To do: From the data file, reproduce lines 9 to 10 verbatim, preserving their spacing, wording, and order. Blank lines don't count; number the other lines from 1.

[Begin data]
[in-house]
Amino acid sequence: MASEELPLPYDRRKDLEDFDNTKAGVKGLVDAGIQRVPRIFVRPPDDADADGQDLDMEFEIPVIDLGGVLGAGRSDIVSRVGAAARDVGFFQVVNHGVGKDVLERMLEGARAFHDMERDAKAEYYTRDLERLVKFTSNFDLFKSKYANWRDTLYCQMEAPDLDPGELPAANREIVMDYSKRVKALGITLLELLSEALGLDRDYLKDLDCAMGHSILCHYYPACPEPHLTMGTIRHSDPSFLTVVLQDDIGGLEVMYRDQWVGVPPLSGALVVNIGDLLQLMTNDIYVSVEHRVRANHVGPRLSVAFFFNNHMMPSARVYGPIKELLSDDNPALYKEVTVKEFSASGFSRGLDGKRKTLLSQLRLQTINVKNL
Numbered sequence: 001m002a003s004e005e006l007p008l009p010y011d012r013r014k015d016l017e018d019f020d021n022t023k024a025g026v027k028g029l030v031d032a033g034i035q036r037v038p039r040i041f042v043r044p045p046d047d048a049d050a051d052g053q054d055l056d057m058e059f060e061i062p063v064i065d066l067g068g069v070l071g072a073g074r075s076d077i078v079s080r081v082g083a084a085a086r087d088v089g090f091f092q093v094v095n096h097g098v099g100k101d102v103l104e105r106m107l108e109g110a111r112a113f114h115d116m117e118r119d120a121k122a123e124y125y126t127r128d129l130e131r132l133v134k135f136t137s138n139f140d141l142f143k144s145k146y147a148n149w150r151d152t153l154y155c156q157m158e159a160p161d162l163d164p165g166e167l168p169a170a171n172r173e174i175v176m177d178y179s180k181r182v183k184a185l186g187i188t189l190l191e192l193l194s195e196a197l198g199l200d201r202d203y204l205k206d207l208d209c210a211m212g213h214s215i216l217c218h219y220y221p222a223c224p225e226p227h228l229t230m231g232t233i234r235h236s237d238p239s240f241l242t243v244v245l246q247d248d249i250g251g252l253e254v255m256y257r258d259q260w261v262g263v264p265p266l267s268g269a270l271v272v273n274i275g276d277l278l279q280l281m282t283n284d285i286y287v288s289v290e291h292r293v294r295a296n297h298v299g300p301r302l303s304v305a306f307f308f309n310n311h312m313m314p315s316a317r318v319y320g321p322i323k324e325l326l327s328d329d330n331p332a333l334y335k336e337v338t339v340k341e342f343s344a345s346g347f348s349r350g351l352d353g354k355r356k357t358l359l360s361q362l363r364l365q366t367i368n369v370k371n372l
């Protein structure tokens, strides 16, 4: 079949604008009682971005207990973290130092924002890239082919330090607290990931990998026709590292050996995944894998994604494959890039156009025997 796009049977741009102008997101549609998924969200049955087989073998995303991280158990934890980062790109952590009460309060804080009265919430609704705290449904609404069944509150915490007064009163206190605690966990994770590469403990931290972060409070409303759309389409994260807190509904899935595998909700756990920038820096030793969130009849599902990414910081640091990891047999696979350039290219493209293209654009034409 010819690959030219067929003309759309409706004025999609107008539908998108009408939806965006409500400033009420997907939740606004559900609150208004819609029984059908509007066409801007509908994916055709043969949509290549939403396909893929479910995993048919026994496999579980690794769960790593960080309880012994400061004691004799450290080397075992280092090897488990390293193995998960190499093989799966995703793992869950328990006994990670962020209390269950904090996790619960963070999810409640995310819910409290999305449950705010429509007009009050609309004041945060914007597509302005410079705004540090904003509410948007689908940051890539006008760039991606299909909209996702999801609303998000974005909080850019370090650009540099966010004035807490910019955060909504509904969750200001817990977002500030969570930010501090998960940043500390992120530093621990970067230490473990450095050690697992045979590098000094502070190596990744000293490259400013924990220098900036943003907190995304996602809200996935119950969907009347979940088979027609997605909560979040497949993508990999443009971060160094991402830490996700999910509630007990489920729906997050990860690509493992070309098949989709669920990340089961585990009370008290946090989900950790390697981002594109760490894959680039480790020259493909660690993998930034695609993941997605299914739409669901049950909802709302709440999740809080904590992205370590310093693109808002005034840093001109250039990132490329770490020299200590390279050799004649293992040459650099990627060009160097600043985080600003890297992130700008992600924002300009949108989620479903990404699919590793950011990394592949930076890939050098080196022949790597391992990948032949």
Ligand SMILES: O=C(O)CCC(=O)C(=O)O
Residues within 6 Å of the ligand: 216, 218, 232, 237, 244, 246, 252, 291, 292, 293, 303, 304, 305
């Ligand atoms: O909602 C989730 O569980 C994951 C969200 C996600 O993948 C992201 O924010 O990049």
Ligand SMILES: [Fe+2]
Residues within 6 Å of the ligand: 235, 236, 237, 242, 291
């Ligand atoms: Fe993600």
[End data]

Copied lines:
Residues within 6 Å of the ligand: 235, 236, 237, 242, 291
């Ligand atoms: Fe993600």